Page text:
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  U.S. Dollar Strength & China Slowdown Help Push Commodity Prices Lower
Posted Under: Commodities
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  1. While today's blog post focuses on the negative influences that a strengthening U.S. dollar and the tempering of economic growth in China have had on commodity prices since mid-2014, we acknowledge that other influences, such as production levels, can also influence prices.
  2. From 6/30/14 (rally in the U.S. dollar commenced) through 12/8/15, the U.S. Dollar Index (DXY) posted a gain of 23.43%, compared to a decline of 42.45% for the Thomson Reuters/CoreCommodity CRB Commodity Index (see chart), according to Bloomberg.
  3. Jodie Gunzberg, global head of commodities at S&P Dow Jones Indices, has noted that a strong U.S. dollar can depress commodity prices because goods priced in dollars become more expensive for other currencies, according to Business Insider.
  4. Gunzberg points out that the dollar's influence on commodity prices does vary by type. Over time, the dollar has tended to have much more of an impact on the direction of crude oil prices than the price of sugar, for example. 
  5. With respect to basic metals, such as copper, 60% of the variance in metal prices can be explained by fluctuations in China's industrial production, according to research released in October 2015 by the International Monetary Fund.
  6. China accounts for 49% of global demand for base metals, according to Bloomberg.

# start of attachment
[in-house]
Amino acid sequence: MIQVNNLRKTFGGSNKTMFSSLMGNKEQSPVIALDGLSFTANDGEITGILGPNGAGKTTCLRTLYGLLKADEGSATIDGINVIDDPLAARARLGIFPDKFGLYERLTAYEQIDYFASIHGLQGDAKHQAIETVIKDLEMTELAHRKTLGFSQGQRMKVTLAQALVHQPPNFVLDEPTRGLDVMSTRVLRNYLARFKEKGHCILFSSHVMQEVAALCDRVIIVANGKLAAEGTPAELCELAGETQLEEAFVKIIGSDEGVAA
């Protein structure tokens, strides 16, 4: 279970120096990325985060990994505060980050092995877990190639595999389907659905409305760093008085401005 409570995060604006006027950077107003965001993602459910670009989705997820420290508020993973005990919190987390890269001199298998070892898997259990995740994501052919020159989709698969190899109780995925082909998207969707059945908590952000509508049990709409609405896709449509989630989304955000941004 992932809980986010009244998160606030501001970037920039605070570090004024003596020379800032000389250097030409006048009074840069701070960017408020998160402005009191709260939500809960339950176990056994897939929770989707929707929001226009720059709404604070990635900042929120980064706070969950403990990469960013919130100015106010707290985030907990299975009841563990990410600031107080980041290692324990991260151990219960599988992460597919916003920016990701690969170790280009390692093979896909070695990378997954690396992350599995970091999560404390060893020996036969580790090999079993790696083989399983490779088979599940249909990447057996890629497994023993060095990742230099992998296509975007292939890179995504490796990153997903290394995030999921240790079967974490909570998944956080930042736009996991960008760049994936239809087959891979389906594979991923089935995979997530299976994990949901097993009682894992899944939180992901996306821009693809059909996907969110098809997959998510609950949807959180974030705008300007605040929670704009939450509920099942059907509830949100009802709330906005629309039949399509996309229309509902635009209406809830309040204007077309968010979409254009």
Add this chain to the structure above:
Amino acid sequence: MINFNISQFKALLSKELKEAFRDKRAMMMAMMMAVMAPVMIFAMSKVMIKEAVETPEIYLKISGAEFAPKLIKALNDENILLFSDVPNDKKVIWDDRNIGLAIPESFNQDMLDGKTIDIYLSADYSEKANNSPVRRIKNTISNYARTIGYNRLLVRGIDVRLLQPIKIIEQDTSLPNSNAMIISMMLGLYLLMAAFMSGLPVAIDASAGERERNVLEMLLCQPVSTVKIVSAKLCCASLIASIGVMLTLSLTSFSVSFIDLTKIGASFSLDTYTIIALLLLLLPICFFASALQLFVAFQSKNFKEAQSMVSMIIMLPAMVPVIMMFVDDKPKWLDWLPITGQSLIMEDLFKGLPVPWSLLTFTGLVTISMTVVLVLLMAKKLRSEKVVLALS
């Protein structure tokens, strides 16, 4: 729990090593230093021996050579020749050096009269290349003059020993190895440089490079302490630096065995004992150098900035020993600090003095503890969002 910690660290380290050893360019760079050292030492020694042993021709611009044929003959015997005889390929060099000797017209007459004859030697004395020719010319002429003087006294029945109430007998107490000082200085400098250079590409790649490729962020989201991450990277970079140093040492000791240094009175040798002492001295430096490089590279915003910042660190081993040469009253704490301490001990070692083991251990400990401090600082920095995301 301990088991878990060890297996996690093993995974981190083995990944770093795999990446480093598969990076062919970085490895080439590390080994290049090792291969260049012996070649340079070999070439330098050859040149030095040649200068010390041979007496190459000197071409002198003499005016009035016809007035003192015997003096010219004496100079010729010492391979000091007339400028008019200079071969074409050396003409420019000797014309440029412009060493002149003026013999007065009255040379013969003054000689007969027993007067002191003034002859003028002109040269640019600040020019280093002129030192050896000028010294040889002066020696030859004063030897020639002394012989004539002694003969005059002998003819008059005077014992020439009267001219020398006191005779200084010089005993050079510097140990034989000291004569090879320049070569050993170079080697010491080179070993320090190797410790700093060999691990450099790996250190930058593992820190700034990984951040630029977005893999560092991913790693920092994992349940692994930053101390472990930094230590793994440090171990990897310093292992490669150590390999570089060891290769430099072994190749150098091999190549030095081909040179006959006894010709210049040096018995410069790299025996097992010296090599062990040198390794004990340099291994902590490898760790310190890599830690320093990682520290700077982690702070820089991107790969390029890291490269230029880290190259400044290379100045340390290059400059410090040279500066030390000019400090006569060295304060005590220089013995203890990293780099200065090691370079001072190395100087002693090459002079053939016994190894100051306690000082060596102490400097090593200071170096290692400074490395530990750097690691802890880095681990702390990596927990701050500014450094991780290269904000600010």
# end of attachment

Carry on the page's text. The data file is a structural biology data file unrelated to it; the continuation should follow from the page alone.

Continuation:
7. China, which is the world's second largest economy, reported a real GDP growth rate of 6.9% (year-over-year) in Q3'15, according to Bloomberg. The last time that GDP growth was below the 7.0% mark for a quarter was Q1'09.
  8. China's government is seeking to transition from a manufacturing-based to a services-based economy, according to The Diplomat. China's slower growth climate has resulted in China purchasing fewer commodities than in past years.

This chart is for illustrative purposes only and not indicative of any actual investment. The illustration excludes the effects of taxes and brokerage commissions or other expenses incurred when investing. Investors cannot invest directly in an index. The Thomson Reuters/CoreCommodity CRB Commodity Index is an average of commodity futures prices with monthly rebalancing, while the U.S. Dollar Index (DXY) indicates the general international value of the U.S. dollar relative to a basket of major world currencies.

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Posted on Thursday, December 10, 2015 @ 12:51 PM • Post Link Print this post Printer Friendly

These posts were prepared by First Trust Advisors L.P., and reflect the current opinion of the authors. They are based upon sources and data believed to be accurate and reliable. Opinions and forward looking statements expressed are subject to change without notice. This information does not constitute a solicitation or an offer to buy or sell any security.
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